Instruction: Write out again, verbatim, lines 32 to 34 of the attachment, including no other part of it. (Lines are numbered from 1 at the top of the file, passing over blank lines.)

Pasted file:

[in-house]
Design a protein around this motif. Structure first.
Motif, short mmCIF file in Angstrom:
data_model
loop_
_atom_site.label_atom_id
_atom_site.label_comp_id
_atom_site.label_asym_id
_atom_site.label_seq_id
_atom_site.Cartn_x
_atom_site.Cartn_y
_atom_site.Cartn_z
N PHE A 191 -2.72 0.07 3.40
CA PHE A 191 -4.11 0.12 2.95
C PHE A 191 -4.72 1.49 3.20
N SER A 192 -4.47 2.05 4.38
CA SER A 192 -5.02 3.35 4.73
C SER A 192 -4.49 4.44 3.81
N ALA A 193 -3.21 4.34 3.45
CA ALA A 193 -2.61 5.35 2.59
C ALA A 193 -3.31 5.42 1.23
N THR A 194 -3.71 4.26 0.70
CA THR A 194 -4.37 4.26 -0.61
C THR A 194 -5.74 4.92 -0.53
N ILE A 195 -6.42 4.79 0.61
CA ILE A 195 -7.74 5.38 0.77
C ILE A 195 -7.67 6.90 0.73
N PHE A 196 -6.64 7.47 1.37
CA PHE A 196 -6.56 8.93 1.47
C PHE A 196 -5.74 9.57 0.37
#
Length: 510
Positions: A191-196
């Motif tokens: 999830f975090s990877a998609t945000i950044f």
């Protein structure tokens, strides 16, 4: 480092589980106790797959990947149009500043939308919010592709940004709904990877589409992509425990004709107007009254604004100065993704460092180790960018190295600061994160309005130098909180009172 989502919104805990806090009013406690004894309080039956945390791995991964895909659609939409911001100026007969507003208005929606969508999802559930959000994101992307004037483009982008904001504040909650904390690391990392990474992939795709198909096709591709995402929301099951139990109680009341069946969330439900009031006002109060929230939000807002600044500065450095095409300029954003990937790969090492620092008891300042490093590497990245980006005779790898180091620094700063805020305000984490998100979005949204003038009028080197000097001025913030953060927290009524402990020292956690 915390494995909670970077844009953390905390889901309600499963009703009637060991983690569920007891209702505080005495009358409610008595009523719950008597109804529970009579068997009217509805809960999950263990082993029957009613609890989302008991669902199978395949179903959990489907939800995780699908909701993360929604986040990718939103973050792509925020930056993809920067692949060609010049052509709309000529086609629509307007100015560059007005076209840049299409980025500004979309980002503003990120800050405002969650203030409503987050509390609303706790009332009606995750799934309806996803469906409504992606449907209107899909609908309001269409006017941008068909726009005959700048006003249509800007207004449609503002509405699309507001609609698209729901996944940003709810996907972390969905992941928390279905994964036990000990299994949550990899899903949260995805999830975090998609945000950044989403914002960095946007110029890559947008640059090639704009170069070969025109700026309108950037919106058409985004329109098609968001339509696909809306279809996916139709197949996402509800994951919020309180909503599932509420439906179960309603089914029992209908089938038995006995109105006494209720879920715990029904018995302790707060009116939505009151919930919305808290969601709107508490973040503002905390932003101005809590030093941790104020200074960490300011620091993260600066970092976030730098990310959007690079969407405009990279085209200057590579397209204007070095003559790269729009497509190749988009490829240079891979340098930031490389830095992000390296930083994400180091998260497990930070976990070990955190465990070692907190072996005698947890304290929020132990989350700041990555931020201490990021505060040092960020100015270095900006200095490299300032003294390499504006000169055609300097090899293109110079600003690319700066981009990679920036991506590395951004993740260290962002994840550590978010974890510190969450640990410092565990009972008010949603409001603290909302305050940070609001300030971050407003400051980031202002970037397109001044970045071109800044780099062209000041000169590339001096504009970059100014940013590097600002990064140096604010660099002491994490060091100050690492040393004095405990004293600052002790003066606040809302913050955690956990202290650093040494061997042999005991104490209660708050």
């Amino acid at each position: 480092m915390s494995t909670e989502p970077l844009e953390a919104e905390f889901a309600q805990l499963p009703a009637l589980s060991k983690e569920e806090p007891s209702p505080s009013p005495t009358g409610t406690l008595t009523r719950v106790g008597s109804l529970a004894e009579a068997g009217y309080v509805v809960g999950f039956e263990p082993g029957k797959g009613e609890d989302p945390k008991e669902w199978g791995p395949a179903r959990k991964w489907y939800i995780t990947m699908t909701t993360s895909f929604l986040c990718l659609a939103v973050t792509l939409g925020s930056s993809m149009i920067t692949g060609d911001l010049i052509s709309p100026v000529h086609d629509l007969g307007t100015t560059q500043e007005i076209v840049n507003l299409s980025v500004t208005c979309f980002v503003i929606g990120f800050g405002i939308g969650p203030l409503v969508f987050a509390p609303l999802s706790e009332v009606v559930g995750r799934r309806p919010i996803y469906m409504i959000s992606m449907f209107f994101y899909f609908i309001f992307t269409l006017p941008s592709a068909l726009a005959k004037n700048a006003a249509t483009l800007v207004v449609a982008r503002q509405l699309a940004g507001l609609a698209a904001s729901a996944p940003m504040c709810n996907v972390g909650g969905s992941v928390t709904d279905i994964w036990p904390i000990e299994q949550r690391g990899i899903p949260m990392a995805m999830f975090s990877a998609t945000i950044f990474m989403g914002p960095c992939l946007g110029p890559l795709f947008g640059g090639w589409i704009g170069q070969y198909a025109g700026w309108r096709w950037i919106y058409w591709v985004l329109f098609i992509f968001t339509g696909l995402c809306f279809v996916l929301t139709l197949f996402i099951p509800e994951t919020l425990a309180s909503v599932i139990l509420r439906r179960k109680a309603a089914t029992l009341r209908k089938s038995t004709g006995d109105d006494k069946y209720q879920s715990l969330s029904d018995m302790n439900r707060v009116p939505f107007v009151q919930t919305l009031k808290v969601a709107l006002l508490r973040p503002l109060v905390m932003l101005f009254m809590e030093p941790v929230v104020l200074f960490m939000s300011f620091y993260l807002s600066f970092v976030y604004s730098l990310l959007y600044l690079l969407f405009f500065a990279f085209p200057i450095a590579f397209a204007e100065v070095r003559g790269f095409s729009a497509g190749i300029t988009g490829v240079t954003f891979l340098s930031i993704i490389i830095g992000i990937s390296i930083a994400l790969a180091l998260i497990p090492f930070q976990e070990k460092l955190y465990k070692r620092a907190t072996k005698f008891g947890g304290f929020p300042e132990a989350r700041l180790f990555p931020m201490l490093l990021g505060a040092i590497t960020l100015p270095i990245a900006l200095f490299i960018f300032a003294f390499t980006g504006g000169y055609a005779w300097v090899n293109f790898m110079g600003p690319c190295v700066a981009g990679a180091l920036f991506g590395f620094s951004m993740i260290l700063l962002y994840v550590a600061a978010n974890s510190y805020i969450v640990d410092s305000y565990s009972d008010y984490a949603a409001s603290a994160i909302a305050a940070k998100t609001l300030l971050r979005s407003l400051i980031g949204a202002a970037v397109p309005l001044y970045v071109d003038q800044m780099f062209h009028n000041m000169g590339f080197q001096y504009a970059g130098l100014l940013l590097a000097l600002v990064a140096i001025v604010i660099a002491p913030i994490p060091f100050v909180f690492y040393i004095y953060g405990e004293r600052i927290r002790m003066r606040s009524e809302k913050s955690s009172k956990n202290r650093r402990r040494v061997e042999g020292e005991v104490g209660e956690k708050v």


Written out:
Length: 510
Positions: A191-196
């Motif tokens: 999830f975090s990877a998609t945000i950044f």